Mozart first played Mozart. He premiered his 20th piano concerto in Vienna in 1785. The "466," as Orli Shaham refers to the "K" number of the work in musician shorthand, is one of only two that Mozart wrote in the minor key. It's not as though the composer "shied away" from the minor, says Shaham: his Requiem and Don Giovanni, two highly notable examples, are written in minor keys: "rather," she extrapolates, "he used it when he really meant it." Indeed, there are darker tones, more shadows, more angular shapes in "466" than in the previous piano concertos of the bright young genius: a more profound weight, less of the high-spirited dazzle of the showy prodigy.
The "466" is imbued with a richer beauty, and it is that beauty which first captivated Shaham. "This piece is reason No. 1 as to why I became a pianist," she says. "I remember when I was very young, my brother Shai was playing it, and I thought it was so beautiful that I had to play it, too. What captivated me when I was four or five? It's just relentlessly beautiful. Even at that age I must have had some sense of that.
"The '466' is the first concerto I played with an orchestra, when I was 11. I remember my teacher telling me 'When the orchestra starts, you'll know.' I wondered what he was talking about, then the orchestra started, and I knew: This is what I'd be doing for the rest of my life."
Shaham returns to Mozart's Piano Concerto No. 20, K. 466, with conductor Vassily Sinaisky and the Saint Louis Symphony Orchestra, at Powell Hall at the end of this month. "Although it's been a part of my repertoire for many, many years," she says, "it's been a couple of years since I've done it. I'm very excited about rediscovering it."
The "466" has held many musicians in its thrall: Brahms and Clara Schumann are two notable examples. Beethoven kept the concerto as part of his solo repertoire for many years. Shaham plays Beethoven's cadenza in the first movement of the work. "Although it has Beethoven's personality" she says, "it finds Mozart's voice. It's an expansion of the character of the piece. Early Beethoven is very much like the Mozart of '466.' He understood what Mozart was saying and how he was saying it."
Yet before Shaham reaches that Beethoven infusion into the core of Mozart, she must begin with silence. The first movement opens without the soloist: the tutti, this is called: with Shaham waiting at the keyboard for many measures before she enters the orchestral tumult. What goes through a soloist's mind during that time?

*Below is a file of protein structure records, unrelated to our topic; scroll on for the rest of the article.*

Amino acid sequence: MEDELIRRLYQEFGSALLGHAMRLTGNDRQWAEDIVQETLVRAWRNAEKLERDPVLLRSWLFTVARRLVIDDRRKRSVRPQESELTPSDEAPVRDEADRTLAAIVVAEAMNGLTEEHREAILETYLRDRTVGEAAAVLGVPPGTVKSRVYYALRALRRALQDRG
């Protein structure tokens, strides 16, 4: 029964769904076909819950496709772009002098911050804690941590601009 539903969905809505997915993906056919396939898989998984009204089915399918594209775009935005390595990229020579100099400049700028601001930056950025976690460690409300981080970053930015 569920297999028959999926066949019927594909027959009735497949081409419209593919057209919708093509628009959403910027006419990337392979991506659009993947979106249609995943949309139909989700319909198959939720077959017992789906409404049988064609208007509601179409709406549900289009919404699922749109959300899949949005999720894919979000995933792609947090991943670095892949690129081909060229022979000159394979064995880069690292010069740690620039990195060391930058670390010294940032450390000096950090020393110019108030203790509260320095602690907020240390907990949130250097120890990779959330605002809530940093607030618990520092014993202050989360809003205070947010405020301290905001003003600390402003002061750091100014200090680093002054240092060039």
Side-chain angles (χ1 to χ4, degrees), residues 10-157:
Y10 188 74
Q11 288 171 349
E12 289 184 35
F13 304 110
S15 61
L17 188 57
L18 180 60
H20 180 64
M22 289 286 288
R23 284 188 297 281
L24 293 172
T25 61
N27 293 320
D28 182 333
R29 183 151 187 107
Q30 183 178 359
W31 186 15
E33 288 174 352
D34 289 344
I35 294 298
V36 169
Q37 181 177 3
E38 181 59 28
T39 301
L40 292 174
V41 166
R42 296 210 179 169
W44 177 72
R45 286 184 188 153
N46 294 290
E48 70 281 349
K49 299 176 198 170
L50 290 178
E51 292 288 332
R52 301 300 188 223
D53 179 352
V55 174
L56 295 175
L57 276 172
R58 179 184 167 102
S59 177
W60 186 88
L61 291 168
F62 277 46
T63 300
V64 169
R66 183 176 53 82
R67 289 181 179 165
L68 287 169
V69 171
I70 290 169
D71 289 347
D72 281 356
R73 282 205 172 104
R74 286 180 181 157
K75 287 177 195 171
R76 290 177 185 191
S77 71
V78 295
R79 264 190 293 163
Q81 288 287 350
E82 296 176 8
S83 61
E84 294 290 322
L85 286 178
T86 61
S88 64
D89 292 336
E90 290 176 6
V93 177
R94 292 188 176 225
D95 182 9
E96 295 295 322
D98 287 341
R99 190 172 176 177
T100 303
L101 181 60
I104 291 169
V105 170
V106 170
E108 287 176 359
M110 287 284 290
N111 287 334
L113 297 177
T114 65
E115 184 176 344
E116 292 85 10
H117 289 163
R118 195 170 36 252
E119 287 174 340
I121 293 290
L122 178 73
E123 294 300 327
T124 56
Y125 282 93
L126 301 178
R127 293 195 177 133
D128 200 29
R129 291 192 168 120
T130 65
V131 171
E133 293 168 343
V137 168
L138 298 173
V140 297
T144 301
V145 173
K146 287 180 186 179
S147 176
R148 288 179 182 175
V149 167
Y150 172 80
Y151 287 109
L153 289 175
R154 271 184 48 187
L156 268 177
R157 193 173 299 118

"Panic," Shaham replies. "For any performing artist the opening tutti is the worst time during the whole piece." She offers a sports analogy: "Think of athletes: You watch Michael Phelps, for example, and all the things he does to gear up: he's got his iPod, etc.: then he's off. But a pianist has to wait three minutes on stage before the start."
Something Michael Phelps does not have to contend with is the sheer beauty of Mozart's art before he dives into the water. "Listening to the orchestra," Shaham admits, "sometimes you're so enthralled you can get lost at the very beginning."
And once she is fully into the concerto, does Mozart pose particular technical demands on the soloist? "Yes and no," says Shaham. "It has a few finger-twisters, but at the same time the main technical challenge is what you get in Mozart: The music is absolutely naked. It's very emotional, teeming with pathos, but you can't allow that to affect your control of the keyboard. You cannot let yourself get swept away with the sound. It's so simply and succinctly written. You're naked."
Shaham chooses a very un-Mozartian composer for comparison: "You miss a note in Rachmaninoff, it's .05 percent of all the notes you play. You miss notes in Mozart: you hear it. Each of those notes is imbued with two hundred times more meaning. It's very nerve-wracking. It's a different level of caring about each individual note. So in terms of mental technique, it's absolutely a challenge."
The second movement is one of profound lyricism, piano and orchestra surge, pulse, with the hypnotic rhythm of waves. One may be reminded of Yeats's "lake water lapping with low sounds by the shore." But from that sense of deep reflection, the music jolts forward in the final movement. The music leaps into another mood, another personality. Mozart doesn't give the soloist much time to prepare. "If you watch pianists," Shaham points out, "you will see them ready themselves for the third movement towards the end of the second.
"It's a personality change," she confides. "It takes me out of one personality and clicks a new one into position."
The final movement cadenza is Shaham's own invention, "but not really," she demures. "The opening tutti of the third movement is one of my favorite parts of the concerto, so in the cadenza I play it myself. Mozart never wrote this music for the piano, so I wrote it for the piano."
It seems an apt choice, returning to Mozart for Mozart, a perpetuation of his relentless beauty, which initiated her life's work.
Orli Shaham performs Mozart's Piano Concerto No. 20, K. 466, March 26-28, 2010, at Powell Hall.
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